The 420-0 House vote, with four conservative Republican lawmakers voting “present,” gave Democrats who control the chamber a political victory and put pressure on Attorney General William Barr to make the report public after Mueller submits it to him. But the resolution does not force Barr to do so.
The measure faces an uncertain future in the Republican-led Senate. A bid by the Senate’s top Democrat, Chuck Schumer, to have the resolution approved by voice vote after the House’s action was thwarted by Republican Senator Lindsey Graham.
Mueller has been investigating since May 2017 whether Trump’s campaign conspired with Moscow and whether the president has unlawfully tried to obstruct the probe. Trump has denied collusion and obstruction. Russia has denied election interference. Mueller has not indicated when he will complete the report, though an announcement on Thursday about the coming departure of a senior prosecutor on his team stoked speculation that it could be soon.
Justice Department regulations governing special counsels give Barr latitude in deciding how much of the report to make public. The rules require him to notify the top Democrats and Republicans on the House and Senate judiciary committees after Mueller completes his probe. They do not require release of the report but also do not prevent Barr from giving the entire document to Congress.
The resolution, introduced last week by the heads of six House oversight committees that are investigating Trump, calls on Barr to make public everything in the Mueller report that is not expressly prohibited by law and to provide the entire document to Congress.
The vote put the vast majority of House Republicans on record as supporting broad disclosure of the report on an investigation that Trump has called a “witch hunt” led by “thugs.”
Four members of the conservative House Freedom Caucus, a group strongly allied with Trump, voted “present.” The four were Representatives Justin Amash, Matt Gaetz, Thomas Massie and Paul Gosar. Seven lawmakers – four Democrats and three Republicans – did not vote.
Representative Jerry Nadler, chairman of the House Judiciary Committee and author of the resolution, said on the House floor: “It is important that Congress stand up for the principle of full transparency at a time when the president has publicly attacked the Russia investigation more than 1,100 times and counting.”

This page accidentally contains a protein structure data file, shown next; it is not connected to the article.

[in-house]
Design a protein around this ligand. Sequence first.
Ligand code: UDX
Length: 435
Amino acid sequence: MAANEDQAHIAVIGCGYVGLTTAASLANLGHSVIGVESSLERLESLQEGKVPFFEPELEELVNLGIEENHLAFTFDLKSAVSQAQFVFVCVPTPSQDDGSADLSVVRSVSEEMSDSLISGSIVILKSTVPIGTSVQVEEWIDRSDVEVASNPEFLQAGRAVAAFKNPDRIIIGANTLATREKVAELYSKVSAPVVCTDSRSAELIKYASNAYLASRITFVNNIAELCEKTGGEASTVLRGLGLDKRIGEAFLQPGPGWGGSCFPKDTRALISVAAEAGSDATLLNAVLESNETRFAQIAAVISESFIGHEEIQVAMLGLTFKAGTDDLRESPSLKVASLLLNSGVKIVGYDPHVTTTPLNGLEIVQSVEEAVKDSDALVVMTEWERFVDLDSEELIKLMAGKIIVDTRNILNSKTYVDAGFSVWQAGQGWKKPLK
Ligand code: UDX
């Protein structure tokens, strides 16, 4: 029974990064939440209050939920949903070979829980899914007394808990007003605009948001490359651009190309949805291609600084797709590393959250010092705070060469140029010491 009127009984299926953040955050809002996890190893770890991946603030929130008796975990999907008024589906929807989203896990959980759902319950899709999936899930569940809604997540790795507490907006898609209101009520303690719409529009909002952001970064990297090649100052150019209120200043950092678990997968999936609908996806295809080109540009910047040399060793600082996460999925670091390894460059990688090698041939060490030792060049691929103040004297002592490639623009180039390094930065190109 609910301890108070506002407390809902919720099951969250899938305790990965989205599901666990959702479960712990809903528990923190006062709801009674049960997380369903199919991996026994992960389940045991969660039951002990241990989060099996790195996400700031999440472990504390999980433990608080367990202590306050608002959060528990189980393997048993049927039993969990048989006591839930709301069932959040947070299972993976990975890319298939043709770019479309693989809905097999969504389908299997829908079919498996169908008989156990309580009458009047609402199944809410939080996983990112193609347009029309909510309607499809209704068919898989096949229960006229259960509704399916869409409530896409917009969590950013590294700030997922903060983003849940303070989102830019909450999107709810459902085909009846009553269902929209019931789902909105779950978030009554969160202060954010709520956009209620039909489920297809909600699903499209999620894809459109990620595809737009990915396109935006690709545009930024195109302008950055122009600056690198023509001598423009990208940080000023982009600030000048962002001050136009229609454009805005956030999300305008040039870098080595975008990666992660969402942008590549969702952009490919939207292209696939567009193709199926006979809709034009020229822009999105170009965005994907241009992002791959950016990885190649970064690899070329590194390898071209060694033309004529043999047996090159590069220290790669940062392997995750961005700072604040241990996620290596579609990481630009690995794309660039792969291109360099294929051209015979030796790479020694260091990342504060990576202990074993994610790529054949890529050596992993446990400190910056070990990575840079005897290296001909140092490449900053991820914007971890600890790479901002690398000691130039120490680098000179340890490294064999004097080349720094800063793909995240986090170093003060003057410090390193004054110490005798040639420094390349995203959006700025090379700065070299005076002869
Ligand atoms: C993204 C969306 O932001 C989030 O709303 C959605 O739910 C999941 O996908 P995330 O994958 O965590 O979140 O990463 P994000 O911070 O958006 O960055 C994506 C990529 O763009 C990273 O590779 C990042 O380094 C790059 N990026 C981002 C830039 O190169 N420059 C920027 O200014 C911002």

The House panel’s top Republican, Representative Doug Collins, backed the resolution but described it as a restatement of the regulations that give Barr the option of releasing the full report.
“During his confirmation, Attorney General Barr said he wants to be transparent with Congress and the public, consistent with the rules and the law. We have no reason to think Attorney General Barr would back away from those statements,” Collins said.
Barr, a Trump nominee who took over the Justice Department last month, replaced Jeff Sessions, who the president ousted in November after long complaining that the former senator had recused himself in 2017 from overseeing the Russia probe.
As Schumer tried to get the Mueller resolution approved by voice vote, the senator said on the Senate floor: “The American people have an undeniable right to see the results of that investigation.”
Graham, a Trump ally, blocked the action unless Democrats backed a move they oppose: the appointment of a special counsel to investigate Democratic former President Barack Obama’s administration’s handling of an investigation into Hillary Clinton’s use of a private email server as secretary of state and FBI surveillance of a Trump campaign official.
Some Democrats have voiced concern that Barr could withhold evidence of possible misconduct by Trump, under Justice Department policies that oppose bringing criminal charges against a sitting president and discourage releasing explanations when a person has not been charged with a crime.
House Democrats already have vowed to subpoena the report and go to court if necessary to win its full release.
The Mueller investigation so far has resulted in criminal charges against 34 individuals and three companies, seven guilty pleas and one conviction following a jury trial.
Reporting by David Morgan; Editing by Will Dunham